• Despite any impressions I may have given above: you don’t need to fully overwrite a cache line with zeros for this to kick in, and you can even write non-zero values if you overwrite them “soon enough” with zeros. Rather, the line must initially fully zero, and then all the escaping26 writes must be zero. Another way of thinking about this is that the thing that matters is the value of the cache line written back, as well as the old value of the line that the writeback is replacing: these must both be fully zero, but that doesn’t mean that you need to overwrite the line with zeros: any locations not written are still zero “from before”. I directly test this in the one_per0 and one_per1 tests in the benchmark. These write only a single int value in each cache line, leaving the other values unchanged. In that benchmark the optimization kicks triggers in exactly the same way when writing a single zero.
  • Although we didn’t find evidence of this happening on other x86 hardware, nor on POWER or ARM, that doesn’t mean it isn’t or can’t happen. It is possible the conditions for it to happen aren’t triggered, or that it is happening but doesn’t make a difference in performance. Similarly for the POWER9 and ARM chips: we didn’t check any performance counters, so maybe the thing is happening but it just doesn’t make any difference in performance. That’s especially feasible in the ARM case where the performance is totally limited by the core-level 16-bytes-per-cycle write throughput: even if all writes are eliminated later on in the path to memory, we expect the performance to be the same.
  • We could learn more about this effect by setting up a test which writes ones first to a region of some fixed size, then overwrites it with zeros, and repeats this in a rolling fashion over a larger buffer. This test basically lets the 1s escape to a certain level of the cache hierarchy, and seeing where the optimization kicks in will tell us something interesting.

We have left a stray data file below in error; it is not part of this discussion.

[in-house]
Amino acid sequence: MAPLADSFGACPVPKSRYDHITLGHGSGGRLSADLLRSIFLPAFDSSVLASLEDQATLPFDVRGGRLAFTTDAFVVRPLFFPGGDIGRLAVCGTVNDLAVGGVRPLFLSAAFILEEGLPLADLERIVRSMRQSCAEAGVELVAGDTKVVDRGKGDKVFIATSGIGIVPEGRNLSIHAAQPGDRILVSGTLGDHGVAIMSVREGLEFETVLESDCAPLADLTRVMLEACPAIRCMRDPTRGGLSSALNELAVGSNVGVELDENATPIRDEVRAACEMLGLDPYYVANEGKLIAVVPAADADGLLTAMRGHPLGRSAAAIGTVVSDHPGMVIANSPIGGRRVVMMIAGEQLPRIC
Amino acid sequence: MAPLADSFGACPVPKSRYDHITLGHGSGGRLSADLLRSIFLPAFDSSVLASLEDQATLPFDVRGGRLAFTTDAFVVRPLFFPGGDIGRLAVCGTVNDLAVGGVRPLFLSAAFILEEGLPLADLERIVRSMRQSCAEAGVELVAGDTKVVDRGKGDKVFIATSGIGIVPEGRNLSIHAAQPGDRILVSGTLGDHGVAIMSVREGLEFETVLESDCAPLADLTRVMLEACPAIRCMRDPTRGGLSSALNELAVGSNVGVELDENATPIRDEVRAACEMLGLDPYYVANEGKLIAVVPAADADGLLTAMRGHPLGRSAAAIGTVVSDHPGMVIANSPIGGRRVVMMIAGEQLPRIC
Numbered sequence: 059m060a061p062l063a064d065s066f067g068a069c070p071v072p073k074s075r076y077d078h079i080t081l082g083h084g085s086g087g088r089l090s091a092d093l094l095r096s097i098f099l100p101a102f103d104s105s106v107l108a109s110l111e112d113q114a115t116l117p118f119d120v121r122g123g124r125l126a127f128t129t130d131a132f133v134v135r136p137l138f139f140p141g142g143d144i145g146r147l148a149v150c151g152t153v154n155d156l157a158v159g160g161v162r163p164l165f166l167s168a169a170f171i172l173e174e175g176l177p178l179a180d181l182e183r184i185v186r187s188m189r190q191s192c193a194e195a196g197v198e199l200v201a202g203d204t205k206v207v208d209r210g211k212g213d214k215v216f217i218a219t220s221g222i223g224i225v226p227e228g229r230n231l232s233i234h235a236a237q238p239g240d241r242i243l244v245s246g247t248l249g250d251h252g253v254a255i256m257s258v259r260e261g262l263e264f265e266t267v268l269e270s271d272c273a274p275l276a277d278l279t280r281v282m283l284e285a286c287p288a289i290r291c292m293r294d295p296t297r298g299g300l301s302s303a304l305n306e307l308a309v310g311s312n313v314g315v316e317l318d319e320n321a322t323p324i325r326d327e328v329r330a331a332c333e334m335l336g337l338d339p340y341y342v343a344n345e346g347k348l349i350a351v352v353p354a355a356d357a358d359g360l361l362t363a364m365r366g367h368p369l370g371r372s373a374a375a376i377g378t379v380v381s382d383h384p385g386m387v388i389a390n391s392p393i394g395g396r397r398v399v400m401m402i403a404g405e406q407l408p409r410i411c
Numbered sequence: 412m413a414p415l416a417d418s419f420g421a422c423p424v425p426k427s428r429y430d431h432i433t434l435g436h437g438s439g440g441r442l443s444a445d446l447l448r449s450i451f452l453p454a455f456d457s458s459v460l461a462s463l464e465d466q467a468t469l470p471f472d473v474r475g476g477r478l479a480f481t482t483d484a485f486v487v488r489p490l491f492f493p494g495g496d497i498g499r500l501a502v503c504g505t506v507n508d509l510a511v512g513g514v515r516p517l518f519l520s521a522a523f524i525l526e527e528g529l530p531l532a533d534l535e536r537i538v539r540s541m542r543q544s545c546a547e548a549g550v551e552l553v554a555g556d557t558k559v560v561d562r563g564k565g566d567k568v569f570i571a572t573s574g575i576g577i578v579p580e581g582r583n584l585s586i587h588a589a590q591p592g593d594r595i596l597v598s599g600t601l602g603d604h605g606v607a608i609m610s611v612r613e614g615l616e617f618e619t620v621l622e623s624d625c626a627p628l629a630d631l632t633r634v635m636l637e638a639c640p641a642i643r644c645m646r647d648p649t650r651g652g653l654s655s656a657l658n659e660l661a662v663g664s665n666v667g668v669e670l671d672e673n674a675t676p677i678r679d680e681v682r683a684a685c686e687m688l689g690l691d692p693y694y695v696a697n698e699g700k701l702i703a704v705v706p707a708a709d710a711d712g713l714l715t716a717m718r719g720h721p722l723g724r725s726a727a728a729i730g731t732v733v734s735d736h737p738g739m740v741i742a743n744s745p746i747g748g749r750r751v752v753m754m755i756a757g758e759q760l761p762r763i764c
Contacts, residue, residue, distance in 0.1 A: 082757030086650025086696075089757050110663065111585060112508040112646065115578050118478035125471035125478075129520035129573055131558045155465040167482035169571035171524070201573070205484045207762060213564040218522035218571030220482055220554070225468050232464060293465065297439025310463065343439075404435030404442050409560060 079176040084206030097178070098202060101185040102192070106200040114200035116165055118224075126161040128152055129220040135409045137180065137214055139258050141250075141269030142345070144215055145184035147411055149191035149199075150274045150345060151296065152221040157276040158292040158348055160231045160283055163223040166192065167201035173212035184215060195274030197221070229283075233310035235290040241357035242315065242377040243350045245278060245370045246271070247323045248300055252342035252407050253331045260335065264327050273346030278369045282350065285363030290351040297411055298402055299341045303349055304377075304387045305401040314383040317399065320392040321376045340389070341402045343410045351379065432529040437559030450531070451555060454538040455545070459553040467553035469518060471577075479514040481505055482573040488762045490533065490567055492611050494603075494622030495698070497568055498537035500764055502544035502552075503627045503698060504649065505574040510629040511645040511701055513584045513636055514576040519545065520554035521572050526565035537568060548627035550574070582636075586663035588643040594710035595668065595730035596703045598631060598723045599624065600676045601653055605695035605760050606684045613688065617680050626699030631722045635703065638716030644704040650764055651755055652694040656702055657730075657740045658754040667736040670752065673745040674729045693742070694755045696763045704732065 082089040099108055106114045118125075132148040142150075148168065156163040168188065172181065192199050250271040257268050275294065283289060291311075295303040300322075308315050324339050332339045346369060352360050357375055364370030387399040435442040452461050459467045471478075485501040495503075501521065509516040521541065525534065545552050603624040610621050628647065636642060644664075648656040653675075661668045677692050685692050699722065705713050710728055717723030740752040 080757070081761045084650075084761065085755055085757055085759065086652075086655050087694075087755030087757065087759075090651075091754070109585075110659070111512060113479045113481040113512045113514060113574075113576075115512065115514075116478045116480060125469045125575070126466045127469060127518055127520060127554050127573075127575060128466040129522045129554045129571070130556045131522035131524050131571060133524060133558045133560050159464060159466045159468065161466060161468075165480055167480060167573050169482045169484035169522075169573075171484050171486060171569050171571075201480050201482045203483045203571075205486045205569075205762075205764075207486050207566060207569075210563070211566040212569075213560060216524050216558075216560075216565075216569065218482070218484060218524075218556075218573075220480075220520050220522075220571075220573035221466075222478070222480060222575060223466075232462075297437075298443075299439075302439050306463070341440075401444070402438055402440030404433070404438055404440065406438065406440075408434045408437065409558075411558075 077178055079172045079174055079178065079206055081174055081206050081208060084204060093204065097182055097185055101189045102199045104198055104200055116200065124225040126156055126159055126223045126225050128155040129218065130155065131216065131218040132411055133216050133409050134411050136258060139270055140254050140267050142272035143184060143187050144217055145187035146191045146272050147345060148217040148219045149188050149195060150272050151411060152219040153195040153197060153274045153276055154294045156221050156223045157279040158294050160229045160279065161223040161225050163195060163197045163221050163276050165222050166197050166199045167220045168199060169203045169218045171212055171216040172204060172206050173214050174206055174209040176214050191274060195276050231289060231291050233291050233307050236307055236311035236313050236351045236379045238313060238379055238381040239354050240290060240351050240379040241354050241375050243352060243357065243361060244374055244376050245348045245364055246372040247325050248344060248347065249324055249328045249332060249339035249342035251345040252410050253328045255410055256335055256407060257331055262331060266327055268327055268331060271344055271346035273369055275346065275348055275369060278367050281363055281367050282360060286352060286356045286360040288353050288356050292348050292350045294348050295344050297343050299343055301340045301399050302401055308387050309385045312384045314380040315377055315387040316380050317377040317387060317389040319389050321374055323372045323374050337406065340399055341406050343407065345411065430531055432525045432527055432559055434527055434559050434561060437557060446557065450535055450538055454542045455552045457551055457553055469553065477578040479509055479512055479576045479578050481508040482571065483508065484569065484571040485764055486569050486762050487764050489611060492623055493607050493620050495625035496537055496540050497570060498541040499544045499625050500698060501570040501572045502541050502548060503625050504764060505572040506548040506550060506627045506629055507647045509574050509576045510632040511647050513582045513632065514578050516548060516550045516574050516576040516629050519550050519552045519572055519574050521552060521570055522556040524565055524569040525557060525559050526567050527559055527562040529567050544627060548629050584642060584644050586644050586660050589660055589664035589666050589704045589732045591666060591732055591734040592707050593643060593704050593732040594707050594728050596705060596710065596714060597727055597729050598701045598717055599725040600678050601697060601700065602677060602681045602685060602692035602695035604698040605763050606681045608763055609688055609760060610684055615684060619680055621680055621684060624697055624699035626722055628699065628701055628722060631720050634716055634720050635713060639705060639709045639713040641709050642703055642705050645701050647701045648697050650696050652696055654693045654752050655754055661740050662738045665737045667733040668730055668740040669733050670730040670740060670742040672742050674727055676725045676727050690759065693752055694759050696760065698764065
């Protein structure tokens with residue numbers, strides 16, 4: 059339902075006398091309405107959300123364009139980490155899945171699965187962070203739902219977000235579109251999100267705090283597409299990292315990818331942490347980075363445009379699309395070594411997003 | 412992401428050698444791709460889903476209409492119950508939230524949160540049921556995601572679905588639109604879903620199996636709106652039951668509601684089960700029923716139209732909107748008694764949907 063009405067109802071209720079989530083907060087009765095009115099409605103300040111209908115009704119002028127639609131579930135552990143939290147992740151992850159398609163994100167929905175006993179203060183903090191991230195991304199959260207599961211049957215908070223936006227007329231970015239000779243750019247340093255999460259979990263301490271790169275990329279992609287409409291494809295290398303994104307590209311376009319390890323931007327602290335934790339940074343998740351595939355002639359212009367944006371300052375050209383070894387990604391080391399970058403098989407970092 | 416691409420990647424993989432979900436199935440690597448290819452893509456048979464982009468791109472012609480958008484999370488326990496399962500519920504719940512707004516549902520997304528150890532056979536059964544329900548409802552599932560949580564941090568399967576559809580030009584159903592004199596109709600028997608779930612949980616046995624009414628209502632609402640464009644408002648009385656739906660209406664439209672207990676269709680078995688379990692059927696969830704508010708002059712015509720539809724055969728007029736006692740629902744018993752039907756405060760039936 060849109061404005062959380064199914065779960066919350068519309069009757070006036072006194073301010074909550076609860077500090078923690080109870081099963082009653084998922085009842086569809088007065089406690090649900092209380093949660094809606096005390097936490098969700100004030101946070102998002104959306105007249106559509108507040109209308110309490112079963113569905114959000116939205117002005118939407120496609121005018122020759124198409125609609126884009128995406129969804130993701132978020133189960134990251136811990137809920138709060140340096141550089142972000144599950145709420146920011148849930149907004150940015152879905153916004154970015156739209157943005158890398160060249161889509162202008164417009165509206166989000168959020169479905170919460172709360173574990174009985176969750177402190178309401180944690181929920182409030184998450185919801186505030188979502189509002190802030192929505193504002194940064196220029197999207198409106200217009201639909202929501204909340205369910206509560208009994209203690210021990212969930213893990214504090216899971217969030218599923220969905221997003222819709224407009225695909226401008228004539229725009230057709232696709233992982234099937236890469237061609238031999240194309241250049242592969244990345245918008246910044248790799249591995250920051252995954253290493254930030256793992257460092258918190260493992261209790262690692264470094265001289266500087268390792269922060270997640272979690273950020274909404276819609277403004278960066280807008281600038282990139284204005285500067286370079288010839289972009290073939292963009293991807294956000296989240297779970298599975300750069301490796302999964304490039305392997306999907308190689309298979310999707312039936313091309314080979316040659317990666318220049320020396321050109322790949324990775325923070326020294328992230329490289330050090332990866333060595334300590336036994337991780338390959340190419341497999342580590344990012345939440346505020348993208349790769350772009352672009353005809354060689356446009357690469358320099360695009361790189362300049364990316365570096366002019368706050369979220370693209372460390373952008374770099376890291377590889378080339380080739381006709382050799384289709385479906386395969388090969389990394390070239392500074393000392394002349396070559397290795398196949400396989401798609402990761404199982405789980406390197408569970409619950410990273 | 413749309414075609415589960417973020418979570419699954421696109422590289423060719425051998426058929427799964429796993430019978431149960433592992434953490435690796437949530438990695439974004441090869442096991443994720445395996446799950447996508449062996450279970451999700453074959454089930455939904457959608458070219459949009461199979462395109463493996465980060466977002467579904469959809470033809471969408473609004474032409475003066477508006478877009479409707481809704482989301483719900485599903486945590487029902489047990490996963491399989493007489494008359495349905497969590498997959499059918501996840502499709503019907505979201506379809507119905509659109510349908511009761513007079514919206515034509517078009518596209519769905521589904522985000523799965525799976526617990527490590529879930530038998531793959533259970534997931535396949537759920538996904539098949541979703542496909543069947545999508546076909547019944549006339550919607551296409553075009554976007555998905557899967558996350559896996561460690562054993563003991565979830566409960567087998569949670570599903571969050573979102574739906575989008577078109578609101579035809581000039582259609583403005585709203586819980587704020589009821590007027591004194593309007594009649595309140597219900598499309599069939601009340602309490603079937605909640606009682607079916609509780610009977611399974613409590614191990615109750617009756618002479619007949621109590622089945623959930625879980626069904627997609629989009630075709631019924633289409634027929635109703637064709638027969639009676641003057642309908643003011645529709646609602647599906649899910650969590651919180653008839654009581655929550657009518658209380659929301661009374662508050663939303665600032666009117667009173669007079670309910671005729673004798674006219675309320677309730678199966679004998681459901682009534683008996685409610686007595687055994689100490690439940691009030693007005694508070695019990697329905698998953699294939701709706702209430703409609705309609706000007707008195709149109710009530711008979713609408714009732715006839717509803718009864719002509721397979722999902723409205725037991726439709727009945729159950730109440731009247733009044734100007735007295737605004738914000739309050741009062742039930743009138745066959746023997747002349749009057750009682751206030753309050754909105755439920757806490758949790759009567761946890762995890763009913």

Wrapping Up


Here’s a brief summary of what we found. This will be a bit redundant if you’ve just read the whole thing, but we need to accommodate everyone who just skipped down to this part, right?

  • Intel chips can apparently eliminate some redundant stores when zeros are written to a cache line that is already all zero (the line doesn’t need to be fully overwritten).
  • This optimization applies at least as early as L2 writeback to L3, so would apply to the extend that working sets don’t fit in L2.
  • The effect eliminates both write accesses to L3, and writes to memory depending on the working set size.
  • For the pure store benchmark discussed here effect of this optimization is a reduction in the number of writes of ~63% (to L3) and ~50% (to memory), with a runtime reduction of between 15% and 20%.
  • It is unclear why not all redundant zero-over-zero stores are eliminated.

Tuning “Advice”

So is any of actually useful? Can we use this finding to quadruple the speed of the things that really matter in computation: tasks like bitcoin mining, high-frequency trading and targeting ads in real time?

Nothing like that, no – but it might provide a small boost for some cases.

Many of those cases are probably getting the benefit without any special effort. After all, zero is already a special value: it’s how memory arrives comes from the operating system, and at the language allocation level for some languages. So a lot of cases that could get this benefit, probably already are.

Redundant zero-over-zero probably isn’t as rare as you might think either: consider that in low level languages, memory is often cleared after receiving it from the allocator, but in many cases this memory came directly from the OS so it is already zero27. Consider also cases like fairly-sparse matrix multiplication: where your matrix isn’t sparse enough to actually use dedicated sparse routines, but still has a lot of zeros. In that case, you are going to be writing 0 all the time in your final result and scratch buffers. This optimization will reduce the writeback traffic in that case.

If you are making a ton of redundant writes, the first thing you might want to do is look for a way to stop doing that. Beyond that, we can list some ways you might be able to take advantage of this new behavior: